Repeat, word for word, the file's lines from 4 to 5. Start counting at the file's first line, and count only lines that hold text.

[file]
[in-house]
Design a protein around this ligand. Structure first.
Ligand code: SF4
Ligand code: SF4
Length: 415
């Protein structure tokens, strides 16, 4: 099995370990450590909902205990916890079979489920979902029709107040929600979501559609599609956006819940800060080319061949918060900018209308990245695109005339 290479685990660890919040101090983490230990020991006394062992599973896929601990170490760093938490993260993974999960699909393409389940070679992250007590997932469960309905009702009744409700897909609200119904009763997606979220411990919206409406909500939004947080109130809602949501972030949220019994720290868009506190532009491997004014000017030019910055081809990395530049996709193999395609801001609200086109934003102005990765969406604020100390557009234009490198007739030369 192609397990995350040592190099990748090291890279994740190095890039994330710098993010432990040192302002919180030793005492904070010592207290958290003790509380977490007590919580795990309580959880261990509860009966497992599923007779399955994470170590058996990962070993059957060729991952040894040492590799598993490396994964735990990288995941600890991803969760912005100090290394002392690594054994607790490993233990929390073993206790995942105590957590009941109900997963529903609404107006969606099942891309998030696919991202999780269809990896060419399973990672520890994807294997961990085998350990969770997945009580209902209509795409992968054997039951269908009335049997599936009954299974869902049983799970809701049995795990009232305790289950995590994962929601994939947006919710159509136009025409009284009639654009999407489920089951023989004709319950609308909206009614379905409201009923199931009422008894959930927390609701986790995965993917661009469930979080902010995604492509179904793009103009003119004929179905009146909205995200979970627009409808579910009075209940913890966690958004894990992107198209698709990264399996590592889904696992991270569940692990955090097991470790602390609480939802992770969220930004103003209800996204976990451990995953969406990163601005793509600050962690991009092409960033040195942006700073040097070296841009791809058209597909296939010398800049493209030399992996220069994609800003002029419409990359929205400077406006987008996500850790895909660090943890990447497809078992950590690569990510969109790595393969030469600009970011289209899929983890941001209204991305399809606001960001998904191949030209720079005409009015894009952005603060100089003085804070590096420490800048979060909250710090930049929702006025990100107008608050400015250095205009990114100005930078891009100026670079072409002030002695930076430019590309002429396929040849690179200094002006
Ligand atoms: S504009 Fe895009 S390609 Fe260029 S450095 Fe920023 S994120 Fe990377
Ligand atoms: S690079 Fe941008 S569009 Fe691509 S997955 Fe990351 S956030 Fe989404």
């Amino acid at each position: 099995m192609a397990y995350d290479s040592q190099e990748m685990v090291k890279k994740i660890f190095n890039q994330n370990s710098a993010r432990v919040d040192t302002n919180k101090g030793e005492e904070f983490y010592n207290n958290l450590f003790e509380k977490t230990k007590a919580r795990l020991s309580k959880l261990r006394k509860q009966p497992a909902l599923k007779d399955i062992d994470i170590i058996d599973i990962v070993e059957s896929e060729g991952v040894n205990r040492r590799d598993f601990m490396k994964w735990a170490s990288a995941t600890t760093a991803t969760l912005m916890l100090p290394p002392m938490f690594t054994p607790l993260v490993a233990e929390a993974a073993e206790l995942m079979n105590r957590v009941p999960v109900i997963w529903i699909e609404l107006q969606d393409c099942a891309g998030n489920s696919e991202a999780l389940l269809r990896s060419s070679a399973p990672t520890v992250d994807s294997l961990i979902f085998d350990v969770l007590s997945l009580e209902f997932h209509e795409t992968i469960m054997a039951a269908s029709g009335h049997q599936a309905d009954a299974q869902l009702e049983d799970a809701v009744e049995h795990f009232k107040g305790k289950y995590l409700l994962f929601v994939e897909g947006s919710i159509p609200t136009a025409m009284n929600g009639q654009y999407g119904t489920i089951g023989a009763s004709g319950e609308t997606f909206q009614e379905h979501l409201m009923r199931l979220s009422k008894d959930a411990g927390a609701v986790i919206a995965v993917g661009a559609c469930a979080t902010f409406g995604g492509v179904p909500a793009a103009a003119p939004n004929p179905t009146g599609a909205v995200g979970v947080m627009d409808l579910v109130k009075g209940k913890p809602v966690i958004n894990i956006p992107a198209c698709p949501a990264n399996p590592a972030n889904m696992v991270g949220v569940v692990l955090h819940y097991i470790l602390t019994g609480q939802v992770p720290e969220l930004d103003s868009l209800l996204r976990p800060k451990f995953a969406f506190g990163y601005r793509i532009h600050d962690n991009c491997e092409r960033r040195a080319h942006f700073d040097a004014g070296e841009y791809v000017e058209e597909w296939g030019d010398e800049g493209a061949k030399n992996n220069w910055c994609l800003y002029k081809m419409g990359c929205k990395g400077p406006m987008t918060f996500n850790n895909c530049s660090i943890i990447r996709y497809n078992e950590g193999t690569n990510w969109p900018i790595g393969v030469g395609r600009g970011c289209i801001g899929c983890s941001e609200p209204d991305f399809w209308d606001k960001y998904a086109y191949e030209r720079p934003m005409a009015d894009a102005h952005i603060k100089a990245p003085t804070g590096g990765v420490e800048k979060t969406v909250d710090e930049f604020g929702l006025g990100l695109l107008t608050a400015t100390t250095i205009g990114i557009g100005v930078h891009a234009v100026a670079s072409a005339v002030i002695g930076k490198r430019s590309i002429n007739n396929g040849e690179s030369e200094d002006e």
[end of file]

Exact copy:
Ligand code: SF4
Length: 415